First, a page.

Georgian (Georgia)English (United Kingdom)
EXPRESSIONISTCONSTRUCTIVIST STRIVINGS IN GEORGIAN STAGE DESIGN OF THE FIRST DECADES OF THE 20th CENTURY

TAMAR BELASHVILI
George Chubinashvili National Research Centre
for Georgian Art History and Heritage Preservation
Tbilisi State Academy of Arts


The first decades of the 20th century are in many ways exceptional period. In the history of Georgian culture and art; in this respect, stage design is not an exception. By Kote Marjanishvili’s initiative, during the Season of 1923-24, the Rustaveli Theatre troupe started intensive work on Expressionistic plays.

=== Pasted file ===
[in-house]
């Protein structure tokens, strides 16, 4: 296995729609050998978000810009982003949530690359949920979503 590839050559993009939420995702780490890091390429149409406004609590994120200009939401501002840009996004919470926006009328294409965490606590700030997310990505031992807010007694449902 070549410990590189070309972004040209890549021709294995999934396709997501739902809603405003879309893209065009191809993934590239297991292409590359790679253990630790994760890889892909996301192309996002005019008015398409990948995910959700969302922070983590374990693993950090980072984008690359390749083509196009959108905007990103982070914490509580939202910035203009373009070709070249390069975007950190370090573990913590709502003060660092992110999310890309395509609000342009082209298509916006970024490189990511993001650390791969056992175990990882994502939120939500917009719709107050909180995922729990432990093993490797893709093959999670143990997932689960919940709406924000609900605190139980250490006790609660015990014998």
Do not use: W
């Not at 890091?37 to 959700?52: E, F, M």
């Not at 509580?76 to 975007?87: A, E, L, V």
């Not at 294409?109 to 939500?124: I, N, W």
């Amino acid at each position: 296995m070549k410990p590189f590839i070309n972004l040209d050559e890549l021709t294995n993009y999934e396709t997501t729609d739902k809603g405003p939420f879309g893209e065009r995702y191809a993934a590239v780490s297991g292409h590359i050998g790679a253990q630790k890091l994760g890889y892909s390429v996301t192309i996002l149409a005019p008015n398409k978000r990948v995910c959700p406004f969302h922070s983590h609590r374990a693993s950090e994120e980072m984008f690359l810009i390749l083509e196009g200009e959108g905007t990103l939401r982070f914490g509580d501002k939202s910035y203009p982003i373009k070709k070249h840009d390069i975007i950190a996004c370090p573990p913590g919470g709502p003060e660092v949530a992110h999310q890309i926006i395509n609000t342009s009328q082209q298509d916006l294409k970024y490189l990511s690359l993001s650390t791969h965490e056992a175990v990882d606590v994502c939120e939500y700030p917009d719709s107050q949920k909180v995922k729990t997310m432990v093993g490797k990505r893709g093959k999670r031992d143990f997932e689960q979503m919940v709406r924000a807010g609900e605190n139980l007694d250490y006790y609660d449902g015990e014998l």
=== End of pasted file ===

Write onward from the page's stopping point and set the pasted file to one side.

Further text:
G. Kaiser’s “Gas”, E. Toller’s “Mass Man” and Grigol Robakidze’s “Maelstrom” were performed one after another. Thanks to these plays, realistic, “naturalistic” drama, illusion of the reality and precise psychological motivation of the action established in Georgian theatre were opposed by the grotesque, mysticism, metaphor and artistic allegory. Despite the ambiguous reaction of the public, Expressionism was the first among the contemporary European tendencies to be established on the Georgian stage. Logically, such plays required adequate stage decoration. Kote Marjanishvili had trusted the stage design of the first Georgian Expressionistic plays to Kirill Zdanevich, already a distinguished artist by that time. The latter was the author of the stage design of “Gas” and “Mass Man”, whereas Kirill Zdanevich and Irakli Gamrekeli were both stage designers of “Maelstrom”. In the 1920s, Expressionism was based on social contrasts of the epoch, disappointment, almost mystical fear of Spengler’s “The Decline of the West”, sympathy with the revolutions and Utopian proclamations about global unity. Philosophical basis of the movement was formed by Nietzsche’s Subjectivist Theory, Husserl’s Cognitive Theory and Bergson’s Intuitiveness. Aesthetisation of the art object deformation became usual artistic mode for the expressionists, in order to increase artistic expressiveness. The tendency, which came from the fine arts to the theatre, was characterized by the state of exaltation and presenting the play as “Drama of Screaming”; there was an excess of characters deprived of individualism, pathos and metaphor. “Georgianised” German Expressionist dramaturgy had logically prepared the foundation for Georgian Expressionist play, visualized in local artistic images – Grigol Robakidze’s Georgian-European phantasmagoria was written; abound in Georgian mysteries and European Expressionist features. Before that, the audience of Rustaveli Theatre had never seen “The Phenomenology”, “Amor Fati”, “Dadaist Square” and paintings of Kirill Zdanevich and Irakli Gamrekeli united in one play. It would have been logical to fit the stage decoration created in the Expressionist style to the expressionist play; nevertheless, the stage design of Kirill Zdanevich had revealed in the very first play “Gas” that the artist was not going to solve the problem so easily. Several artistic trends (the Expressionism proper, the elements of Cubo-Futurism and especially, Constructivism) of the early 20th century were reflected in his sketches; it seems quite natural. Formation of Constructivism, newly emerged in early 20th century, was greatly influenced by Cubist-Futurist experiments (e.g., Tatlin’s “Counterrelief”). Abundance of Constructivist elements in the visual version of a play created by Kirill Zdanevich can be explained by natural logical sequence of events – as it is known, he had come to the theatre with vast experience in Cubism and Futurism. Constructivism (similar to Expressionism) was notably popular in the European and Russian Theatres in the 1920s. The decorations prepared for Meyerhold’s play “Mass Man” (L. Popova as a stage designer) are sufficiently illustrative. Here we deal with the extreme manifestation of Constructivism, when the form is preconditioned by the functional reasonability only. Majority of plays staged at different theatres of Russia at that period were analogical. Despite the chronological and thematic similarity, the stage design of Georgian plays is qualitatively different from the whole spectrum of decorative design of the early 20th century Expressionist plays. Special interest of Georgian artists (carried away by European tendencies then) towards the striving for national form can be considered as one of the reasons for the latter – fear to lose individuality increased by the progressing factor of civilization. One more feature, so called “orchestral painting” is discernible in the stage decorations made by Kirill Zdanevich for the mentioned plays. This manner of painting is distinguished by the mixture of styles and is associated with this author only. This one of the main features of Post-Modernism gives significance to the settings of the first Georgian Expressionist plays, which gives grounds to the generalization of this phenomenon as the category beyond the historical time. Stage decorations created for the first Expressionist plays performed at Rustaveli Theatre are the perfect examples of interpreting the ideas, shared with the European civilization and of an attempt to adopt the new form.


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